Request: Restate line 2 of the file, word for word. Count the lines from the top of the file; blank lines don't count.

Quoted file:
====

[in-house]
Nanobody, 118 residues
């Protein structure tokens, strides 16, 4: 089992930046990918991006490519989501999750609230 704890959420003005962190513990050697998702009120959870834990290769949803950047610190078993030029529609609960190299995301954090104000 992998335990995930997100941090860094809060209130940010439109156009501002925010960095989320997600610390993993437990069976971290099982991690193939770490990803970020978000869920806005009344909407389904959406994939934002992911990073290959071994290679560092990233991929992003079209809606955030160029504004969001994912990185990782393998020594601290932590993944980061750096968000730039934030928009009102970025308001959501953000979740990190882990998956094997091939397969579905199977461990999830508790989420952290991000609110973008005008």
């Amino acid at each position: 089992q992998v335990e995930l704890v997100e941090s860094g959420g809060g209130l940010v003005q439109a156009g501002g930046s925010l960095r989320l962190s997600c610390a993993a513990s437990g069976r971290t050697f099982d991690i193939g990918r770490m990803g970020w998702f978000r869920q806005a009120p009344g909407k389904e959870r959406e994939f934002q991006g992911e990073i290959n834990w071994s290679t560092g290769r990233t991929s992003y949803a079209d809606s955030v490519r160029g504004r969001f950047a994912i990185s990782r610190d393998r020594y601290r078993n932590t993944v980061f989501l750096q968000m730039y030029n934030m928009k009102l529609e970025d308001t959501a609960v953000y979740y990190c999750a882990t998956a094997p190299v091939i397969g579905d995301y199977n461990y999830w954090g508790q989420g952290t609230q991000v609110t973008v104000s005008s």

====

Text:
Nanobody, 118 residues